Tiny rulers to measure nanoscale structures

August 31, 2010
In contrast to a conventional nanoparticle dimer plasmon ruler, this new one shows an approximately linear relationship between the resonance wavelength shifts and nanosphere dimer interparticle separation for a linear plasmon ruler.

With the advent of nanometer-sized machines, there is considerable demand for stable, precise tools to measure absolute distances and distance changes. One way to do this is with a plasmon ruler. In physics jargon, a "plasmon" is the quasiparticle resulting from the quantization of plasma oscillation; it's essentially the collective oscillations of the free electron gas at a metallic surface, often at optical frequencies.

A noble metallic dimer (a molecule that results from combining two entities of the same species) has been used as a plasmon ruler to make absolute distance and distance change measurements.

Physicists at China's Wuhan University discovered that combined with a nanorod dimer could be used to solve the problem of measurement sensitivity. They provide details about their findings in the American Institute of Physics' .

Shao-Ding Liu and Mu-Tian Cheng used a nanostructure as a linear plasmon ruler. Nanospheres were used to modify surface plasmon coupling of a nanorod dimer. They found that the resonance wavelength shift increases approximately linearly with the increasing of a nanosphere's interparticle separations -- resulting in a structure that's useful as a plasmon ruler with homogenous measurement sensitivity.

"A nanoparticle dimer plasmon ruler possesses many advantages because its measurement sensitivity is homogeneous, it can operate in the near-infrared region, and the structure's size and nanorod aspect ratio can be modified freely to get the desired measurement range and sensitivity," notes Liu.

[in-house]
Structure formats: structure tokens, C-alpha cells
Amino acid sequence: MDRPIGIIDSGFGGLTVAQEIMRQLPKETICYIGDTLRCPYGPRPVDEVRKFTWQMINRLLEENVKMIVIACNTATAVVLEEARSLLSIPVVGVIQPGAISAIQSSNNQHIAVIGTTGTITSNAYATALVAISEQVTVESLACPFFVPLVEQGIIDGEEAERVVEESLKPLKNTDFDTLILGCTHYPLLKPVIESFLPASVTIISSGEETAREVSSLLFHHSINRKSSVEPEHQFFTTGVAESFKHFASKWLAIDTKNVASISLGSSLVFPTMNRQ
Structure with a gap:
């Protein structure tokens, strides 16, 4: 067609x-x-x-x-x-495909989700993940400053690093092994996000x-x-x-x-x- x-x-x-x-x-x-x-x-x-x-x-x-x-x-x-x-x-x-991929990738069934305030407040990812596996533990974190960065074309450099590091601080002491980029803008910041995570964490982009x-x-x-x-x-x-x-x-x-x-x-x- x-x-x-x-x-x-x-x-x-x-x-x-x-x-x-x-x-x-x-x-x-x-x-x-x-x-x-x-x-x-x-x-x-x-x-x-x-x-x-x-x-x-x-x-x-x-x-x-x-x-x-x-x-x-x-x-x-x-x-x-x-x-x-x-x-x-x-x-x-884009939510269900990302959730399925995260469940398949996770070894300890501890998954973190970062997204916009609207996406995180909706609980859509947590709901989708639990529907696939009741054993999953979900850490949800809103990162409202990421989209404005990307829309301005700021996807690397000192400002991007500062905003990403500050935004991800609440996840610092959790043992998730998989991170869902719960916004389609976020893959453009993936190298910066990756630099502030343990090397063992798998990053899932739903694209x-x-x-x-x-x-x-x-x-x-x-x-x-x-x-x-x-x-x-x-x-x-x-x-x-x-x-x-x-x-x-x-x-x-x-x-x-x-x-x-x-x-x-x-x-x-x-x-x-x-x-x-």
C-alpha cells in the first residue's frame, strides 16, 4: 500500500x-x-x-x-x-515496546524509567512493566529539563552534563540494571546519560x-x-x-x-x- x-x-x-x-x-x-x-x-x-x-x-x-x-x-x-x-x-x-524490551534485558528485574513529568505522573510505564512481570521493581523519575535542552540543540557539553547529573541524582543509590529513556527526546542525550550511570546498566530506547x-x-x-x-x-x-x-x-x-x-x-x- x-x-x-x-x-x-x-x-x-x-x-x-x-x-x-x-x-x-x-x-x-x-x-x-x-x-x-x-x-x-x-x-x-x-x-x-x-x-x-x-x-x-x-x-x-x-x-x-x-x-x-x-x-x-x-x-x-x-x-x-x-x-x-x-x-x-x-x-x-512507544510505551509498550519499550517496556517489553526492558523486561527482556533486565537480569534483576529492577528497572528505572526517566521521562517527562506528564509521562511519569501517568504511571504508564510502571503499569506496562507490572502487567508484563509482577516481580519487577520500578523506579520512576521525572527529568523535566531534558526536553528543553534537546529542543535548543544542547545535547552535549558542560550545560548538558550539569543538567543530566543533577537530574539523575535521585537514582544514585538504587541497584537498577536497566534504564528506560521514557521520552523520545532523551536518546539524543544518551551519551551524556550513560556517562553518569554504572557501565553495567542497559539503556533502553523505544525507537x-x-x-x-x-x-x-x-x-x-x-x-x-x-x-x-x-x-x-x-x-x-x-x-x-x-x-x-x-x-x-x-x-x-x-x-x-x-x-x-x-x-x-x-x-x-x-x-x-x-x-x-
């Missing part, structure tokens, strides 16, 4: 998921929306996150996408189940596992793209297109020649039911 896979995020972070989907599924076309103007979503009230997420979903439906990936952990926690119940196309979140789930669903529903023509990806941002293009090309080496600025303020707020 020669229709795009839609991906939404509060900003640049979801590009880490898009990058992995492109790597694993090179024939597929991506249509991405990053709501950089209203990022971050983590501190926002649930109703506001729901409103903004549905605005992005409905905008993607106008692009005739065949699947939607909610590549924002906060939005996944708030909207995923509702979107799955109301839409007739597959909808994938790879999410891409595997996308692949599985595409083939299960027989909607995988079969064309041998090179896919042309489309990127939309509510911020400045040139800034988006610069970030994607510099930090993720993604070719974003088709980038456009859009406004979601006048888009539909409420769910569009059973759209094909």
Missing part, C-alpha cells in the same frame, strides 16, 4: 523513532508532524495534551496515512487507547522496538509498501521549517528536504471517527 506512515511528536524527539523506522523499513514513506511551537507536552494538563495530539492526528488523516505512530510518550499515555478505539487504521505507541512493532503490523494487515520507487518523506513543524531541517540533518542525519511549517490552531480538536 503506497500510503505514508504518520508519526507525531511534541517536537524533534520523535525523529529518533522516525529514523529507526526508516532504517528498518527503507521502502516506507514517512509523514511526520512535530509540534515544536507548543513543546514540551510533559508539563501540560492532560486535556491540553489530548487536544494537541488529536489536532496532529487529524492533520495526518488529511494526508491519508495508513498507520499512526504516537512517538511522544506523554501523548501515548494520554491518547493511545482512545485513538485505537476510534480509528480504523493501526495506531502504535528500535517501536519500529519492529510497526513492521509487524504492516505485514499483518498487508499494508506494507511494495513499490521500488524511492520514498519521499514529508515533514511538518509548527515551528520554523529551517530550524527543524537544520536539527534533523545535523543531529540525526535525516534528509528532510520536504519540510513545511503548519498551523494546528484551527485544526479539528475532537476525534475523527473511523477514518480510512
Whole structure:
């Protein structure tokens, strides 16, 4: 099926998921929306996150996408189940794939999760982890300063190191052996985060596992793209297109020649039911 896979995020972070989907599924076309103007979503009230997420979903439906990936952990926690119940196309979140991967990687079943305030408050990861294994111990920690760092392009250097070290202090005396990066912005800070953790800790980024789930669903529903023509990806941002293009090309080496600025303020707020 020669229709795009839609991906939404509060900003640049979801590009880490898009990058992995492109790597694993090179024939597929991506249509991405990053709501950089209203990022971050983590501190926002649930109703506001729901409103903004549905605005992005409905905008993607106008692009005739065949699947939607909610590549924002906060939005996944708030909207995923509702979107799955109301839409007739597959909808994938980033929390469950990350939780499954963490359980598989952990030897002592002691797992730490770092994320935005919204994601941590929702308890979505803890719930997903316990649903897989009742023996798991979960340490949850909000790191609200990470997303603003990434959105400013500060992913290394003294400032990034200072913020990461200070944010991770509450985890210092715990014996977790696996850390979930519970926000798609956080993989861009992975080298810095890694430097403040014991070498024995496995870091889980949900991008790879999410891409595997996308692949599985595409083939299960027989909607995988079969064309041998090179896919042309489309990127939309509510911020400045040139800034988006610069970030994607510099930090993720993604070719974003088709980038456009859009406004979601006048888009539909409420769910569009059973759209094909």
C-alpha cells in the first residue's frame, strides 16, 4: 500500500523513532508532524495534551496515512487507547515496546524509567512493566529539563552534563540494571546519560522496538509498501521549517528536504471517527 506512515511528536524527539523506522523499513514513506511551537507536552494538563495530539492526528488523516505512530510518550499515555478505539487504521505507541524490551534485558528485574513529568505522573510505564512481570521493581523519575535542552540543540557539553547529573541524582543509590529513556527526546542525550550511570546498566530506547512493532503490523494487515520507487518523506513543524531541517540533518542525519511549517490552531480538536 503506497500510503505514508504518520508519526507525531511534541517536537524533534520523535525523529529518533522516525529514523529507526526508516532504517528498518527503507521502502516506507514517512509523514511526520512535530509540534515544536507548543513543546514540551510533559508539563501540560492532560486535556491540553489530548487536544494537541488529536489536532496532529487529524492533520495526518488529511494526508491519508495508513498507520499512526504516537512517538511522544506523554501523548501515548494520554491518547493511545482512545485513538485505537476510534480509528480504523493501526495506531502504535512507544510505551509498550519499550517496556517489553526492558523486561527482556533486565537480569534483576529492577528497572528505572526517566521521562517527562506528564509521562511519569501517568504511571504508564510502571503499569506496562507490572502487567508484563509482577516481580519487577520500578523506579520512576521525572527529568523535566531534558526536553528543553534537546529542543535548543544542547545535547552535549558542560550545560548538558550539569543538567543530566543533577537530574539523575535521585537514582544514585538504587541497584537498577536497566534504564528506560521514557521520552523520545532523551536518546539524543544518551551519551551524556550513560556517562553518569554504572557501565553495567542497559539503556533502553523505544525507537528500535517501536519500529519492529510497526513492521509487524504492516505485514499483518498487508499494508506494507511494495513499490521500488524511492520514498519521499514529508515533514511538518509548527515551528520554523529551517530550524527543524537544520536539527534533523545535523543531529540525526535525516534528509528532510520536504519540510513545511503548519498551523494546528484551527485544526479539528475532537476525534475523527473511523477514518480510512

Applications for the linear plasmon ruler extend beyond studies of optical properties of metallic nanostructures to single-molecule microscopy, surface-enhanced Raman spectroscopy, waveguiding and .

Explore further: Panasonic Develops VCSEL Laser with Surface Plasmon Mirrors

More information: The article, "Linear plasmon ruler with tunable measurement range and sensitivity" by Shao-Ding Liu and Mu-Tian Cheng will appear in the Journal of Applied Physics. jap.aip.org/resource/1/japiau/v108/i3/p034313_s1

Related Stories

Visualizing viruses: new research pinpoints tiny invaders

August 24, 2010

In the war against infectious disease, identifying the culprit is half the battle. Now, research professor Shaopeng Wang and his colleagues from the Biodesign Institute at Arizona State University, describe a new method for ...

Recommended for you

Physicists develop new technique to fathom 'smart' materials

November 26, 2015

Physicists from the FOM Foundation and Leiden University have found a way to better understand the properties of manmade 'smart' materials. Their method reveals how stacked layers in such a material work together to bring ...

Mathematicians identify limits to heat flow at the nanoscale

November 24, 2015

How much heat can two bodies exchange without touching? For over a century, scientists have been able to answer this question for virtually any pair of objects in the macroscopic world, from the rate at which a campfire can ...


Please sign in to add a comment. Registration is free, and takes less than a minute. Read more

Click here to reset your password.
Sign in to get notified via email when new comments are made.